We compared the CPH model to 2 machine learning models, namely gradient boosting classifier (GBC) [25] and random forest (RF) [26]. Both GBC and RF models were used as ensemble models based on decision trees [27], but each represented a distinct family of ensemble learning methods [28]—boosting [29,30] and bagging [31], respectively. Boosting refers to any ensemble method that can combine several weak learners into a strong learner. The general idea of most boosting methods is to train predictors sequentially, each trying to correct its predecessor. By contrast, bagging uses the same training algorithm multiple times in parallel (e.g., a RF employs multiple decision trees), but trains them on different random subsets of the data. When sampling is performed with replacement, this method is called bagging. These 2 models were chosen because they are shown to outperform other machine learning models on a variety of datasets, are fairly robust and applicable to big datasets, and require little modification of parameters prior to modelling [32]. These machine learning methods work on both categorical and numerical variables in any scale, obviating the need for conversion of features or normalisation of their values. We tuned the hyperparameters of GBC and RF after a broad search of parameter space. For brevity, we only report the results with the selected values for the parameters, which are listed in S3 Table.

To assess the impact of more variables and their timing, all 3 models were repeated using the extended QA+ and T variables [33]. Consequently, we ended up with 9 different models (3 sets of predictors and 3 modelling techniques) that were compared against each other. In the final step, we studied the performance of all 9 models for predicting events over shorter and longer time windows than the original 24-month window.

Evaluation methodology and metrics

To measure the performance of models, both internal and external validation were used. For external validation, we followed the recommendations of [34] and chose a non-random subset of data from different SHAs, the regional health commissioning bodies of the NHS. More precisely, we selected 3 SHAs (North East, North West, and Yorkshire and the Humber) that had different statistical properties in terms of socioeconomic status and the rate of first emergency admission as our validation cohort (20% of the total population). We argue that our selection of 3 SHAs with different statistical characteristics is similar to using an external dataset, and provides, therefore, a better case for showing whether or not the model is overfitting. This, however, inevitably means that certain features are not available in the validation cohort. By taking this approach, we consciously sacrificed model optimisation to assess any possible model overfitting (and hence poor external validity). For internal validation, we used the remaining SHAs (80% of the population), and performed a 5-fold cross-validation [3537].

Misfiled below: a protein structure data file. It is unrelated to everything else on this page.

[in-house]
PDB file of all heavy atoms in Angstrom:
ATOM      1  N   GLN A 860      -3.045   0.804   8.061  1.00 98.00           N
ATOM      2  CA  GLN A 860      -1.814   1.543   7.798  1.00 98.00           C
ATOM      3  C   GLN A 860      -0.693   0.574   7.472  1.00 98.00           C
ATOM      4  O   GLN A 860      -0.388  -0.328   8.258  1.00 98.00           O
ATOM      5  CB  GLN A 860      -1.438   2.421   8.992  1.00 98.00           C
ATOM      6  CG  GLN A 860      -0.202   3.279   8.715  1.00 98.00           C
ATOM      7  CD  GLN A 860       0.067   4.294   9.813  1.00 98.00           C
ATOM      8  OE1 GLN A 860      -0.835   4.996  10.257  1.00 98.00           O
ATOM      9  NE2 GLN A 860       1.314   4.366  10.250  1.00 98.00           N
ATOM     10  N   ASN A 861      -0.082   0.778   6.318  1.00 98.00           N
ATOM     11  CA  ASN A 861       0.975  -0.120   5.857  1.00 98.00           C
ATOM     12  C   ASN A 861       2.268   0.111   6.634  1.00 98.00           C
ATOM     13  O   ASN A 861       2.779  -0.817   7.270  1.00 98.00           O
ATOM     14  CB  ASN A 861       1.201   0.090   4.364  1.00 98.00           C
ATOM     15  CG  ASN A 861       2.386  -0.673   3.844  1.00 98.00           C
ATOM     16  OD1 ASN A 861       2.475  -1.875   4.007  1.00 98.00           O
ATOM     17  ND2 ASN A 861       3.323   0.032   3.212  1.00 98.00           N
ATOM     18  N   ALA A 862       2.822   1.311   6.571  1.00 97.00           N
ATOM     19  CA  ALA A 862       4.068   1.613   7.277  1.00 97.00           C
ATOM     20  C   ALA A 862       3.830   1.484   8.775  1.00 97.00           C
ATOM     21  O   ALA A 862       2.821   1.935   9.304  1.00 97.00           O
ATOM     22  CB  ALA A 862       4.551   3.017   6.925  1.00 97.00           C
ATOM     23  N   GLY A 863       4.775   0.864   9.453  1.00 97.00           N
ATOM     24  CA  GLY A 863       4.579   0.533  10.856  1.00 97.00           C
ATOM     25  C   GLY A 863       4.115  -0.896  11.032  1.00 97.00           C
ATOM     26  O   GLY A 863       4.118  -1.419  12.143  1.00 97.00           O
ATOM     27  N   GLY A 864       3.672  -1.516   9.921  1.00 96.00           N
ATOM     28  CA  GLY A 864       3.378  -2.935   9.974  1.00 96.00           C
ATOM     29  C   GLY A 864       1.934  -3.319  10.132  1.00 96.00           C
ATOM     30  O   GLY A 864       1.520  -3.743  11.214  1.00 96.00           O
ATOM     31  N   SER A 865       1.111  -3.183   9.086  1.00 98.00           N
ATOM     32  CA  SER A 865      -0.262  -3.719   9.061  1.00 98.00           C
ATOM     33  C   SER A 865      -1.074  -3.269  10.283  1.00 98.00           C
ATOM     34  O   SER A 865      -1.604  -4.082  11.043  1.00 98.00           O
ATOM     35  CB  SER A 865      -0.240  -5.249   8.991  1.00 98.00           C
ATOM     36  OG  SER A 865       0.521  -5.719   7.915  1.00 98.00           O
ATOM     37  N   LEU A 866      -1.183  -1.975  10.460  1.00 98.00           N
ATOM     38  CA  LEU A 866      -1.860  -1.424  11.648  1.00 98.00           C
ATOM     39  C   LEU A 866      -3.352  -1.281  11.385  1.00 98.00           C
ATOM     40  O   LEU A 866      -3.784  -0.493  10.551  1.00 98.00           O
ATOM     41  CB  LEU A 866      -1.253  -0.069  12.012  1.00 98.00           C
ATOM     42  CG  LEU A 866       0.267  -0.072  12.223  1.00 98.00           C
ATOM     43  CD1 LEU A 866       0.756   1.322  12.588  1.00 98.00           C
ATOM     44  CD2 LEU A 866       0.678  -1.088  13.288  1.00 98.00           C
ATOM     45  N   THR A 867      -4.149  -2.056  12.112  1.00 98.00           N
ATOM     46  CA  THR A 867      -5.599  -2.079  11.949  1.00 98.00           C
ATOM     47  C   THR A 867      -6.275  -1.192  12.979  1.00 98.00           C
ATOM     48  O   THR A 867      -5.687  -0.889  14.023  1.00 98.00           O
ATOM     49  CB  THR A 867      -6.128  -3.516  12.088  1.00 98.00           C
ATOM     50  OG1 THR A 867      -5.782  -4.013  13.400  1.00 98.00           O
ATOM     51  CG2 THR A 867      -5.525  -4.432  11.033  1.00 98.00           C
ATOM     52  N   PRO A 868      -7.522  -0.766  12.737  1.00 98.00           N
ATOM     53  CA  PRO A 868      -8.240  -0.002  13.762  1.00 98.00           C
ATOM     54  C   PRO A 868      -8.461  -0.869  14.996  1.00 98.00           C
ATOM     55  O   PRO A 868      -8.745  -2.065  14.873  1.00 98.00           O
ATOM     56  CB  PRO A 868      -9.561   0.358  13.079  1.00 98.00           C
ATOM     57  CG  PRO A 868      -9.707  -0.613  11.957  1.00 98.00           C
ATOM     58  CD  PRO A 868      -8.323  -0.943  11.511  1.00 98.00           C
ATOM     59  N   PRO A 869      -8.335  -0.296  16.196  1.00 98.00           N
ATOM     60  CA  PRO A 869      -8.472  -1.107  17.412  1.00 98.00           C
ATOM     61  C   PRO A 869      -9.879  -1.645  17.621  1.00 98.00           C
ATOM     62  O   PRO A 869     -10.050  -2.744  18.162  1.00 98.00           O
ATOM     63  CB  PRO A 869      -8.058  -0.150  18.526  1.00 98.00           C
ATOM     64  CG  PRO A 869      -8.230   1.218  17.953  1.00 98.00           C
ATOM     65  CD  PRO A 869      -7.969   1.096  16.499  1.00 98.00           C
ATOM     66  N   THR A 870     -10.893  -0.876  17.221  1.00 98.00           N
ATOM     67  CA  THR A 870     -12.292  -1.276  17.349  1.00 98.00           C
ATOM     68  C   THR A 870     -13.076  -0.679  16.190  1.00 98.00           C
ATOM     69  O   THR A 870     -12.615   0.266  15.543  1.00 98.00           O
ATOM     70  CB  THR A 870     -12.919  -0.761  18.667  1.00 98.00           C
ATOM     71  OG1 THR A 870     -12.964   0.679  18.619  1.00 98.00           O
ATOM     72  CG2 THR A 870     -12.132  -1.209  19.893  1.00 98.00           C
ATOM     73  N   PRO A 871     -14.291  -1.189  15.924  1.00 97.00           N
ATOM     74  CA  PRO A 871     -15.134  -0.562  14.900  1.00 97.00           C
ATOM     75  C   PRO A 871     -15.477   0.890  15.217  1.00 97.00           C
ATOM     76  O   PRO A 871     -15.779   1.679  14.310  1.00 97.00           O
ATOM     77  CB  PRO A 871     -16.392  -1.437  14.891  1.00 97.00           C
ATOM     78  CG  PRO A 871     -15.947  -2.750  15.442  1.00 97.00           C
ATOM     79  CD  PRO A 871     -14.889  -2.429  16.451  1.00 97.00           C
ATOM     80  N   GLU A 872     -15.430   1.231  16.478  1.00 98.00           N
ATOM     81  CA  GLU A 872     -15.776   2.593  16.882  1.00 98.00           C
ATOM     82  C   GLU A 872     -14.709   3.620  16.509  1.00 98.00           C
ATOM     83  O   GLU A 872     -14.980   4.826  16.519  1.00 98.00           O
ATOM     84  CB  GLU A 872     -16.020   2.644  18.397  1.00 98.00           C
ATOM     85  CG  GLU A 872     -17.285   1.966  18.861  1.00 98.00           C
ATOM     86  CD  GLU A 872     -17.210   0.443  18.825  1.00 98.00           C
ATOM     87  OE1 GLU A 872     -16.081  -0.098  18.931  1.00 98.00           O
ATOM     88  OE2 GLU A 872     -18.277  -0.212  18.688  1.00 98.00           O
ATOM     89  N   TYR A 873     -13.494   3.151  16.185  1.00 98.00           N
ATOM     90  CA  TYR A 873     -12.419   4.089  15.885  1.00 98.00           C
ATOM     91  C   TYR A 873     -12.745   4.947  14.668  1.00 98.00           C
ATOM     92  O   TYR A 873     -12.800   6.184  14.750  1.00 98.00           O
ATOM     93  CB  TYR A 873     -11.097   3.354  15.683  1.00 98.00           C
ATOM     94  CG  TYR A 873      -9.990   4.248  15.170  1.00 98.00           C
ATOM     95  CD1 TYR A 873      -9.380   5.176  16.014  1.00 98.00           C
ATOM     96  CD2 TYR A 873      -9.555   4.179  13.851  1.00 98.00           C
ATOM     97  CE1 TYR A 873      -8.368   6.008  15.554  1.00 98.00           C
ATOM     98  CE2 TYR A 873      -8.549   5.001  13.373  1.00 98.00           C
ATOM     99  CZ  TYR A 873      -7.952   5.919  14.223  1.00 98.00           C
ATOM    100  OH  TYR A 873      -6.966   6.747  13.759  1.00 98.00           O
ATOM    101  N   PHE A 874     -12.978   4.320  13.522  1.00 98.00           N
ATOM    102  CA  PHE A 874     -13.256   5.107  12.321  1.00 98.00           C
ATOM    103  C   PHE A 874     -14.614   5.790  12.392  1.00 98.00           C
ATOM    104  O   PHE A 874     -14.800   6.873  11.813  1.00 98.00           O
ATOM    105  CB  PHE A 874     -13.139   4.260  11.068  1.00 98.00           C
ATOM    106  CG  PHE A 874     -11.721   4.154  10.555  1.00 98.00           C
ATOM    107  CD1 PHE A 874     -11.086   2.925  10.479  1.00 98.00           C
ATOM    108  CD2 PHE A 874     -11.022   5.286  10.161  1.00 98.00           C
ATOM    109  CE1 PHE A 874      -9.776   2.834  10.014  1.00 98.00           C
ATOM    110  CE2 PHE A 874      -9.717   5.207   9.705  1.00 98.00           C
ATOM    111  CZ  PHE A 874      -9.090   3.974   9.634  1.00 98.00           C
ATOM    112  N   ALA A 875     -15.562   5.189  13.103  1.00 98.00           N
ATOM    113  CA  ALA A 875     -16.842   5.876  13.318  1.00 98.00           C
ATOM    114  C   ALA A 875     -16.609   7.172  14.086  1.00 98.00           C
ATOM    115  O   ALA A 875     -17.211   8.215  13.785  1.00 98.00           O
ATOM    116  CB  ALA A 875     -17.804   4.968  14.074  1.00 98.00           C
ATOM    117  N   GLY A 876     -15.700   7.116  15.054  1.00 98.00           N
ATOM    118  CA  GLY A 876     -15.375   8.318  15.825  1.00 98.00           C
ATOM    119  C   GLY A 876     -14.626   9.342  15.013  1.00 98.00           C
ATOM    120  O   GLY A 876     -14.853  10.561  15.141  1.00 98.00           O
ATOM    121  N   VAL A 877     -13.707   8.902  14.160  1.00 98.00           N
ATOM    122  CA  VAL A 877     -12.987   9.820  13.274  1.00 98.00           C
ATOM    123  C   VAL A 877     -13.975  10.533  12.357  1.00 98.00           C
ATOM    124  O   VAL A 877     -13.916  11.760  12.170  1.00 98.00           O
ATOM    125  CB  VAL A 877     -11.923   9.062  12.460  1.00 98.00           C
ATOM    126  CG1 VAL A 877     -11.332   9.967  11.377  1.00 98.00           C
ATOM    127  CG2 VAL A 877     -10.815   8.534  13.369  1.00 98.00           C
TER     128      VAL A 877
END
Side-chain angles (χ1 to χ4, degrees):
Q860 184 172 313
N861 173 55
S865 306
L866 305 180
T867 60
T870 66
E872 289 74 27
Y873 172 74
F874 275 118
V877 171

While our outcome is binary, instead of just predicting 0 or 1 for a patient (being admitted or not), we predicted the probability of that patient belonging to class 1 (being admitted). This enabled us to measure the area under the receiver operating characteristic curve (AUC), a discrimination metric, which is equal to the probability that a classifier will rank a randomly chosen positive instance higher than a randomly chosen negative one. Model calibration was assessed with calibration curves [38], where for a perfectly calibrated model the curve is mapped to the identity line (y = x). To this end, the prediction space is discretized into 10 bins. Cases with predicted value in the range [0, 0.1) fall in the first bin, values in the range [0.1, 0.2) in the second bin, etc. For each bin, the mean predicted value is plotted against the true fraction of positive cases. The reported results for AUC and calibration demonstrate the average of these values over 5 different folds. The standard deviation across the folds is marked by a shaded area around the average.